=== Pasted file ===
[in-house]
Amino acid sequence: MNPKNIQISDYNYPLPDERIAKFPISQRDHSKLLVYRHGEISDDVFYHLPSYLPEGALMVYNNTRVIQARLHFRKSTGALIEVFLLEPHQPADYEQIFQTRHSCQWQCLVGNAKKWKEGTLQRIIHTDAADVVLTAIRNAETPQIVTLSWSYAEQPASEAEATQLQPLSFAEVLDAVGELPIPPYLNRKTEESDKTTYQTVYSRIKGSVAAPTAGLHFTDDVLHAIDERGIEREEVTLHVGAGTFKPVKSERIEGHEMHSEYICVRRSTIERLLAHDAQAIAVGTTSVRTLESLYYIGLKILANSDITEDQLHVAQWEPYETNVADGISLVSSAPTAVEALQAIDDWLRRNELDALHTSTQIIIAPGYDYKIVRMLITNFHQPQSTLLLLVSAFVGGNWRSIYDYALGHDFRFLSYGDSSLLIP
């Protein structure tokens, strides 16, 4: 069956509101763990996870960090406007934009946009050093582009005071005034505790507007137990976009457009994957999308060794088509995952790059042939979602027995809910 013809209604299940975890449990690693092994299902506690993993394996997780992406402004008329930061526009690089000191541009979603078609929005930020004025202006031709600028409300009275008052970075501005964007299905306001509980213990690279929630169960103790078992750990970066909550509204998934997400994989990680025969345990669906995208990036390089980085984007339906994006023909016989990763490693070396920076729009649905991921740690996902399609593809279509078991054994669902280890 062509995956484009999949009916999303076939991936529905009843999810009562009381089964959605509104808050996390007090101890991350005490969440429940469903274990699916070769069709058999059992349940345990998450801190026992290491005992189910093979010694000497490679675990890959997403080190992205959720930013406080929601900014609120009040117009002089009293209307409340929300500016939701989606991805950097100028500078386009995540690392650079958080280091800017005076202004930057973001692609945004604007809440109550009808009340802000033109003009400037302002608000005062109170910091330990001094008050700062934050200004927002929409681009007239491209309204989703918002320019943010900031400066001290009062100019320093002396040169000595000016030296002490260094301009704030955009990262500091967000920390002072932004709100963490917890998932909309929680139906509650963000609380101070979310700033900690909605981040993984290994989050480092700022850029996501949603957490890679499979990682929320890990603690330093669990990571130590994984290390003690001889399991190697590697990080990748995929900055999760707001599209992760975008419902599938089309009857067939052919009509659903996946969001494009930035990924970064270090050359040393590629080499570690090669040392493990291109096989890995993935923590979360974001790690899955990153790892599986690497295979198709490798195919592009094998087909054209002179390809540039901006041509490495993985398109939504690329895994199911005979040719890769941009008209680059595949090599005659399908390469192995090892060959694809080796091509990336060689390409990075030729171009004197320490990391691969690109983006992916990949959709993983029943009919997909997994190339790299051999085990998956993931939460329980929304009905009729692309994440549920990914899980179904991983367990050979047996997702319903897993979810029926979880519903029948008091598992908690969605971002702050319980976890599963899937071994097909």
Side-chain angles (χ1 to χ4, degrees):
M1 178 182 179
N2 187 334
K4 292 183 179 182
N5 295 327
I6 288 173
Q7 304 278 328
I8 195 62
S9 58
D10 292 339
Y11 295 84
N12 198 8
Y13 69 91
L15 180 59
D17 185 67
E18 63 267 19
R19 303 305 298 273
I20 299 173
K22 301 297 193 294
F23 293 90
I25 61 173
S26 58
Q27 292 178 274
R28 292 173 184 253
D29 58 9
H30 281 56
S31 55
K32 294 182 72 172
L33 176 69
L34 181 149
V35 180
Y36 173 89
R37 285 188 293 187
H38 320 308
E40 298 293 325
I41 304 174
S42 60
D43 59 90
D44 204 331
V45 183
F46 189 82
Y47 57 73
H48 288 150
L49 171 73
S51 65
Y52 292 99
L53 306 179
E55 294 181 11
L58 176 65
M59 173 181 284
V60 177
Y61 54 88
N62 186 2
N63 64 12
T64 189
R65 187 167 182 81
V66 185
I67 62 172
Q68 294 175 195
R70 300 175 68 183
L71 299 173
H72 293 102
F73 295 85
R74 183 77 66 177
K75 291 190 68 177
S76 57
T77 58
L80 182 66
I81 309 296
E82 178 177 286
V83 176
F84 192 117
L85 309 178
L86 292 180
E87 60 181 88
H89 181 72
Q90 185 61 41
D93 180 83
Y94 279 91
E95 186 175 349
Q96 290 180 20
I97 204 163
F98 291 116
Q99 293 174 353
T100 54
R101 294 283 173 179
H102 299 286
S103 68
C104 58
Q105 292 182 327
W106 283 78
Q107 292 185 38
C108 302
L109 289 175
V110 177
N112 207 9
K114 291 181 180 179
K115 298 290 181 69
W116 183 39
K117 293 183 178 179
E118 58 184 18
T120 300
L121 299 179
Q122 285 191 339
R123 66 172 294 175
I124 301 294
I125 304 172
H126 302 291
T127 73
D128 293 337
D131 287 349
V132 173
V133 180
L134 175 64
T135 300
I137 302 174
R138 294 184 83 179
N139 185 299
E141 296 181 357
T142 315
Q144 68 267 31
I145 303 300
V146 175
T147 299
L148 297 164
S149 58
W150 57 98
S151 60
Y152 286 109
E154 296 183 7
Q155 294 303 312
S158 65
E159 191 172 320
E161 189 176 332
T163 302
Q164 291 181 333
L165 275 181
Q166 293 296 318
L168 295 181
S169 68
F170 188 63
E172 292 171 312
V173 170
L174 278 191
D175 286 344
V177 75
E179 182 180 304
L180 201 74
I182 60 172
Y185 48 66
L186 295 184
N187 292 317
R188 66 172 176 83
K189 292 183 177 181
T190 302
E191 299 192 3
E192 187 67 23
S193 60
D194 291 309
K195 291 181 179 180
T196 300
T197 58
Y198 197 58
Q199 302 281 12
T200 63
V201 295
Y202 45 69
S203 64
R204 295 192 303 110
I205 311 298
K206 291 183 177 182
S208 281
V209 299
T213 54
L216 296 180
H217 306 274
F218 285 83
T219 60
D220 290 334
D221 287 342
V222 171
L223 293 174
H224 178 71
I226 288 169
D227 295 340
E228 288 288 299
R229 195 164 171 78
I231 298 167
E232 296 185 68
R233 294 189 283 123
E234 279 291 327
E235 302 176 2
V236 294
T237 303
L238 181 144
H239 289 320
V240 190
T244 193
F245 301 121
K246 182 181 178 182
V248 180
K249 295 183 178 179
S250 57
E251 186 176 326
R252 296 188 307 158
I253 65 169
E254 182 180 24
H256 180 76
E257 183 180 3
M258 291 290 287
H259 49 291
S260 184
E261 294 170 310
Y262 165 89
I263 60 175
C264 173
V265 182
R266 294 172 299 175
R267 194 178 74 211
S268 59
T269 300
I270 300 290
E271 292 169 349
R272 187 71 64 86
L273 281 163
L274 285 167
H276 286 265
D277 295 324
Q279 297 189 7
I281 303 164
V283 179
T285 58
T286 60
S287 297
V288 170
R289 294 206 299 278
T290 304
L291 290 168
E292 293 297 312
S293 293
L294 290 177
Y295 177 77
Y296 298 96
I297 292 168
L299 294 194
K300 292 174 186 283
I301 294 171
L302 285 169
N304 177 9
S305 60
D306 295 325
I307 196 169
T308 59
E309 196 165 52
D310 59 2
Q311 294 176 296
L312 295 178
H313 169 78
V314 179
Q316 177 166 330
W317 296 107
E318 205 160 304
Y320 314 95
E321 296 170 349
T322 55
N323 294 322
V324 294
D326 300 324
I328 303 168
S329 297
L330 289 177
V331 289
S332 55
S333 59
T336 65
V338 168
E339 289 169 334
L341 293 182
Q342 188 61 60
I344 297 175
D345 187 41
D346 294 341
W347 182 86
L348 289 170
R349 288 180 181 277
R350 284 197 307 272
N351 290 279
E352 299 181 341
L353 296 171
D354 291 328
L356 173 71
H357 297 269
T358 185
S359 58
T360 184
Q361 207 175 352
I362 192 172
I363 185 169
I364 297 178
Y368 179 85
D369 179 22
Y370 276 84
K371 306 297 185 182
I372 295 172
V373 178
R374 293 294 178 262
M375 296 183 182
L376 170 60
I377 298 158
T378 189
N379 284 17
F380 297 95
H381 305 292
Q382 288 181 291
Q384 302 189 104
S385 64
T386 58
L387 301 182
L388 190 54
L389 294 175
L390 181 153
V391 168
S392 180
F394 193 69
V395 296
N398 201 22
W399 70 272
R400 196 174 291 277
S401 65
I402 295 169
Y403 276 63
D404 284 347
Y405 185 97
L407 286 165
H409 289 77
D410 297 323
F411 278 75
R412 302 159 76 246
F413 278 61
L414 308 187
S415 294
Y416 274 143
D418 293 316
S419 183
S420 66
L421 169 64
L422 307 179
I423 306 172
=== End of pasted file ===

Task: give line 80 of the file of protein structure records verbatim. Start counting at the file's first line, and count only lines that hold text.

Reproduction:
Q90 185 61 41